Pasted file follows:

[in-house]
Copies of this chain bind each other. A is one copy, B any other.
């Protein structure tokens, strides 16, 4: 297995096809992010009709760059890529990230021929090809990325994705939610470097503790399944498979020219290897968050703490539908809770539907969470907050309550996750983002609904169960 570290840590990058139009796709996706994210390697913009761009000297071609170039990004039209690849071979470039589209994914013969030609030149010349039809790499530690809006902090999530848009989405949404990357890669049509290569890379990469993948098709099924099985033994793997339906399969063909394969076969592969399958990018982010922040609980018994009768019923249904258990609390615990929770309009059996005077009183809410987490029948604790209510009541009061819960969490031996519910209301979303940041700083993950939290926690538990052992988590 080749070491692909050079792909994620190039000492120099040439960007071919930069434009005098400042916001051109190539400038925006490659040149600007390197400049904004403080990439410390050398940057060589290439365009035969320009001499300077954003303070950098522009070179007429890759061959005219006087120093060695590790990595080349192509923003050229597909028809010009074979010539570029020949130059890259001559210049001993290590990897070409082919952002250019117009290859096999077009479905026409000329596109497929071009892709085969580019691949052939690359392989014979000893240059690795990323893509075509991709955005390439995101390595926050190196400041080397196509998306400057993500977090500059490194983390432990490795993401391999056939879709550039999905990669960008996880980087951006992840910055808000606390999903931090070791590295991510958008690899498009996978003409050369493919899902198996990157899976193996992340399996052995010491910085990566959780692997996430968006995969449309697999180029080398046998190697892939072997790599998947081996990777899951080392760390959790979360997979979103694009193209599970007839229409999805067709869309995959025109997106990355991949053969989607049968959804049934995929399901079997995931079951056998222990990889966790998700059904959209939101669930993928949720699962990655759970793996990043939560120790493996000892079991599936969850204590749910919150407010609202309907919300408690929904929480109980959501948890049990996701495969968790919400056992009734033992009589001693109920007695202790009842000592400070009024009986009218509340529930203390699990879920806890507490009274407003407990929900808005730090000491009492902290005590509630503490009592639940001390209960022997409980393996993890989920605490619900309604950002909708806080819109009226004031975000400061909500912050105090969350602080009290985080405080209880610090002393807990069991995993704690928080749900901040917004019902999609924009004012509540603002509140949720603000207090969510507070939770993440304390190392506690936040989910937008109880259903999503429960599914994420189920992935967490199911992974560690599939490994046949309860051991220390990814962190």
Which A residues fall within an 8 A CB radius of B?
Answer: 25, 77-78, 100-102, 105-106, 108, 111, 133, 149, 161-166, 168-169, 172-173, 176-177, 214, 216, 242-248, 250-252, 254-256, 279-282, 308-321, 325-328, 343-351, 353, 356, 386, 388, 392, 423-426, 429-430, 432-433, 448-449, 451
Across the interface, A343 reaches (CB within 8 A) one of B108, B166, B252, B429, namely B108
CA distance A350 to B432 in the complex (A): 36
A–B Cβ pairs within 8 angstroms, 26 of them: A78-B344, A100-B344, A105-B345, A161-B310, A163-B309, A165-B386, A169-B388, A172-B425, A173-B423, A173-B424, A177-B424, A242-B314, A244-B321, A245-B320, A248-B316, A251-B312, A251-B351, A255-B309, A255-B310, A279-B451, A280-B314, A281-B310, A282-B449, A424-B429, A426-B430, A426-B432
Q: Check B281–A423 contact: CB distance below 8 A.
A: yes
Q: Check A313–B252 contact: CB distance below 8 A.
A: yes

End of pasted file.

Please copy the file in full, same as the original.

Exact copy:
[in-house]
Copies of this chain bind each other. A is one copy, B any other.
């Protein structure tokens, strides 16, 4: 297995096809992010009709760059890529990230021929090809990325994705939610470097503790399944498979020219290897968050703490539908809770539907969470907050309550996750983002609904169960 570290840590990058139009796709996706994210390697913009761009000297071609170039990004039209690849071979470039589209994914013969030609030149010349039809790499530690809006902090999530848009989405949404990357890669049509290569890379990469993948098709099924099985033994793997339906399969063909394969076969592969399958990018982010922040609980018994009768019923249904258990609390615990929770309009059996005077009183809410987490029948604790209510009541009061819960969490031996519910209301979303940041700083993950939290926690538990052992988590 080749070491692909050079792909994620190039000492120099040439960007071919930069434009005098400042916001051109190539400038925006490659040149600007390197400049904004403080990439410390050398940057060589290439365009035969320009001499300077954003303070950098522009070179007429890759061959005219006087120093060695590790990595080349192509923003050229597909028809010009074979010539570029020949130059890259001559210049001993290590990897070409082919952002250019117009290859096999077009479905026409000329596109497929071009892709085969580019691949052939690359392989014979000893240059690795990323893509075509991709955005390439995101390595926050190196400041080397196509998306400057993500977090500059490194983390432990490795993401391999056939879709550039999905990669960008996880980087951006992840910055808000606390999903931090070791590295991510958008690899498009996978003409050369493919899902198996990157899976193996992340399996052995010491910085990566959780692997996430968006995969449309697999180029080398046998190697892939072997790599998947081996990777899951080392760390959790979360997979979103694009193209599970007839229409999805067709869309995959025109997106990355991949053969989607049968959804049934995929399901079997995931079951056998222990990889966790998700059904959209939101669930993928949720699962990655759970793996990043939560120790493996000892079991599936969850204590749910919150407010609202309907919300408690929904929480109980959501948890049990996701495969968790919400056992009734033992009589001693109920007695202790009842000592400070009024009986009218509340529930203390699990879920806890507490009274407003407990929900808005730090000491009492902290005590509630503490009592639940001390209960022997409980393996993890989920605490619900309604950002909708806080819109009226004031975000400061909500912050105090969350602080009290985080405080209880610090002393807990069991995993704690928080749900901040917004019902999609924009004012509540603002509140949720603000207090969510507070939770993440304390190392506690936040989910937008109880259903999503429960599914994420189920992935967490199911992974560690599939490994046949309860051991220390990814962190």
Which A residues fall within an 8 A CB radius of B?
Answer: 25, 77-78, 100-102, 105-106, 108, 111, 133, 149, 161-166, 168-169, 172-173, 176-177, 214, 216, 242-248, 250-252, 254-256, 279-282, 308-321, 325-328, 343-351, 353, 356, 386, 388, 392, 423-426, 429-430, 432-433, 448-449, 451
Across the interface, A343 reaches (CB within 8 A) one of B108, B166, B252, B429, namely B108
CA distance A350 to B432 in the complex (A): 36
A–B Cβ pairs within 8 angstroms, 26 of them: A78-B344, A100-B344, A105-B345, A161-B310, A163-B309, A165-B386, A169-B388, A172-B425, A173-B423, A173-B424, A177-B424, A242-B314, A244-B321, A245-B320, A248-B316, A251-B312, A251-B351, A255-B309, A255-B310, A279-B451, A280-B314, A281-B310, A282-B449, A424-B429, A426-B430, A426-B432
Q: Check B281–A423 contact: CB distance below 8 A.
A: yes
Q: Check A313–B252 contact: CB distance below 8 A.
A: yes